The carriages have fully opening windows in the corridor (for the summer), but those inside the compartments are sealed shut. These are fitted with extractor fans in the summer that are designed to keep the dust from the Gobi desert entering the train. The carriages can vary a lot in temperature, and often this is down to how regularly the guards add more coal onto the fire that heats the train.
There are two bathrooms, one at each end of the coach. There is no difference between classes, just the number of people who will share them. The western style toilets flush directly onto the tracks (using hot water to stop them freezing in winter). This means that they are always locked before arrival at stations and also at borders. Don’t be surprised by the shot of steam that can materialize when the hot water meets the freezing temperatures outside! Overall the facilities are simple, sometimes clean, but always fully functional.
Security is generally good with doors that can be locked and double locked from the inside of the compartment. You should always use both locks, as the key that opens the carriage from the outside is widely copied. The guards will lock your compartment if you ask them to, for example when you get off at stops or visit the restaurant carriage.
Although, technically, smoking is no longer permitted in the Russian Federation, the end of the carriages by the train doors is often used for this purpose without complaint.
On this train you get to sample three restaurant carriages (but not all at the same time!) – always supplied by the country you are travelling in. The position of the restaurant in the train will vary, so it is worth asking before discovering it has moved to the opposite end of the train.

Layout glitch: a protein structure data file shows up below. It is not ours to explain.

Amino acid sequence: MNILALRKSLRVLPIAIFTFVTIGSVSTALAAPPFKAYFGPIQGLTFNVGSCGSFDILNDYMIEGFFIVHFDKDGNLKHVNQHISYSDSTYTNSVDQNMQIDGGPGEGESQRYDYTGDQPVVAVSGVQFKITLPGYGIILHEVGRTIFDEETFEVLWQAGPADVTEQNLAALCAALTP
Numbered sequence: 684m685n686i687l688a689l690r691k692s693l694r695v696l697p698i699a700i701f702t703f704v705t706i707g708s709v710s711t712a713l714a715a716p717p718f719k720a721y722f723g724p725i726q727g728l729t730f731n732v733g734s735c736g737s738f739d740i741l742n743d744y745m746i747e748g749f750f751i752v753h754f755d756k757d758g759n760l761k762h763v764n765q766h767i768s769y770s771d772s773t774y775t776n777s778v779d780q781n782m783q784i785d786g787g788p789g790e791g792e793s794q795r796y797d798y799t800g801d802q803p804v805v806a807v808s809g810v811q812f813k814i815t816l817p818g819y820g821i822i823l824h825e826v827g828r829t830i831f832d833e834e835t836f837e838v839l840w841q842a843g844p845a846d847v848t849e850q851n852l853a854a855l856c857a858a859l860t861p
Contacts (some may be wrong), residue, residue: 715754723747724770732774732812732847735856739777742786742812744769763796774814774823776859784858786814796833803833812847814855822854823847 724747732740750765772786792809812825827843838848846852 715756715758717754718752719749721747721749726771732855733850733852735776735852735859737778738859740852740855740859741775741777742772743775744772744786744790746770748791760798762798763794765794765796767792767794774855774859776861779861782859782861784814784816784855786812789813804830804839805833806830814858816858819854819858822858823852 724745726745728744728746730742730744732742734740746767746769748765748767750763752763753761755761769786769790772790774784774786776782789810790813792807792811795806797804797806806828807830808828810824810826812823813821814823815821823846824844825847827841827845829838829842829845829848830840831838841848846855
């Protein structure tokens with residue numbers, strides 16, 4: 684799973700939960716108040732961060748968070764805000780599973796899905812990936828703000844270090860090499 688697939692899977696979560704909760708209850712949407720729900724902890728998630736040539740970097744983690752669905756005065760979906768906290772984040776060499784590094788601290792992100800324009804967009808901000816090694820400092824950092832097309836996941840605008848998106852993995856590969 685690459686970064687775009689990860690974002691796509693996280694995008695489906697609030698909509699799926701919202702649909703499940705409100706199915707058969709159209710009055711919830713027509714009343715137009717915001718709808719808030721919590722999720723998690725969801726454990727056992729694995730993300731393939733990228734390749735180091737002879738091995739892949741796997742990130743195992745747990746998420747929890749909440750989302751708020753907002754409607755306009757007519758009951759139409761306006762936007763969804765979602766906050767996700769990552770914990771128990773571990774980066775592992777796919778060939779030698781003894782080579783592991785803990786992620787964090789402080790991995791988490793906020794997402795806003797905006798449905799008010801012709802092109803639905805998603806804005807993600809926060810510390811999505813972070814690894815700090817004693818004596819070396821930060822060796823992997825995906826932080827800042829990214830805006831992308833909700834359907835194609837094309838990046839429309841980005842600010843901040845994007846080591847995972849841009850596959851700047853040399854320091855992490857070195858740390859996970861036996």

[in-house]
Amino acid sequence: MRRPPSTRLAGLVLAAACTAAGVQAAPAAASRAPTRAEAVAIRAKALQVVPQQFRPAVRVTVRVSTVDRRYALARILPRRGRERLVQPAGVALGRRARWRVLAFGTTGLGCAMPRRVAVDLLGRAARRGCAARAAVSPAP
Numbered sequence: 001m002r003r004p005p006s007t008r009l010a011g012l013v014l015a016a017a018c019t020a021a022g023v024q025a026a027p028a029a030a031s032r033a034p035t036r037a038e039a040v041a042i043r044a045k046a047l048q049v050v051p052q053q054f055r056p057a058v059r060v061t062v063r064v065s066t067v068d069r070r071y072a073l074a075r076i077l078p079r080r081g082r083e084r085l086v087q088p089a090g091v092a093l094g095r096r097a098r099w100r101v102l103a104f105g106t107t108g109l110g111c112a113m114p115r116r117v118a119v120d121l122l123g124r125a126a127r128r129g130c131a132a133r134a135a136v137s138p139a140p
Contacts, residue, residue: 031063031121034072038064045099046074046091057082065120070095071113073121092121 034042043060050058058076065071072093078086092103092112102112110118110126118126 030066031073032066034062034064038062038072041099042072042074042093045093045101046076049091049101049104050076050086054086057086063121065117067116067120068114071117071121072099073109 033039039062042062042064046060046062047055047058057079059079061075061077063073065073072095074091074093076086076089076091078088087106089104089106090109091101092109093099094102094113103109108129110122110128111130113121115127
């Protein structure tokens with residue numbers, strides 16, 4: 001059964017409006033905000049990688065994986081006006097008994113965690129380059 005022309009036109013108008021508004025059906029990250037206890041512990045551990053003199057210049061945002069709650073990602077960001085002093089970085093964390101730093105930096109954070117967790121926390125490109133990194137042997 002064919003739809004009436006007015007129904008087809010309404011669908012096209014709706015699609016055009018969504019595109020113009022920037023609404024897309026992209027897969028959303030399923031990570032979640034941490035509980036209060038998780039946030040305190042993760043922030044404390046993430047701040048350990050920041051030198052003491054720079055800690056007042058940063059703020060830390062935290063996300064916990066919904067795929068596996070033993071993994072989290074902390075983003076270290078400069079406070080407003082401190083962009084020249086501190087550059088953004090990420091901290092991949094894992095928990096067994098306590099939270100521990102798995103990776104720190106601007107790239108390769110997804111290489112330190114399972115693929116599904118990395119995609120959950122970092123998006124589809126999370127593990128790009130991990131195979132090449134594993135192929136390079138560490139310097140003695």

There is an interesting mix of tourists, travellers and cross border traders on this train. The restaurant will often be busy with European travellers, and this makes the atmosphere quite lively at times. Traders and locals tend to be in hibernation much of the time, and are rarely seen outside of their compartments.
This is a really good route for travellers, and as a result it is very popular – especially in peak summer season. The scenery is amazing and varies significantly throughout the journey. The train itself is quite well worn, but there is nothing in particular that presents a problem. The first class compartments are very comfy and worth considering if your budget permits. Don’t let your decision be swayed by the en suite sink/shower though – the supply of water can be very limited and in winter plumbing problems often cause minor floods. Along with the fine views, the mix of travellers and different restaurant carriages really adds to the experience and makes the train an excellent choice.
Matthew Woodward is a rail adventurer, and the author a number of books about travelling from Europe to Asia along the Trans-Siberian railway. His books are available now in paperback and Kindle formats from Amazon.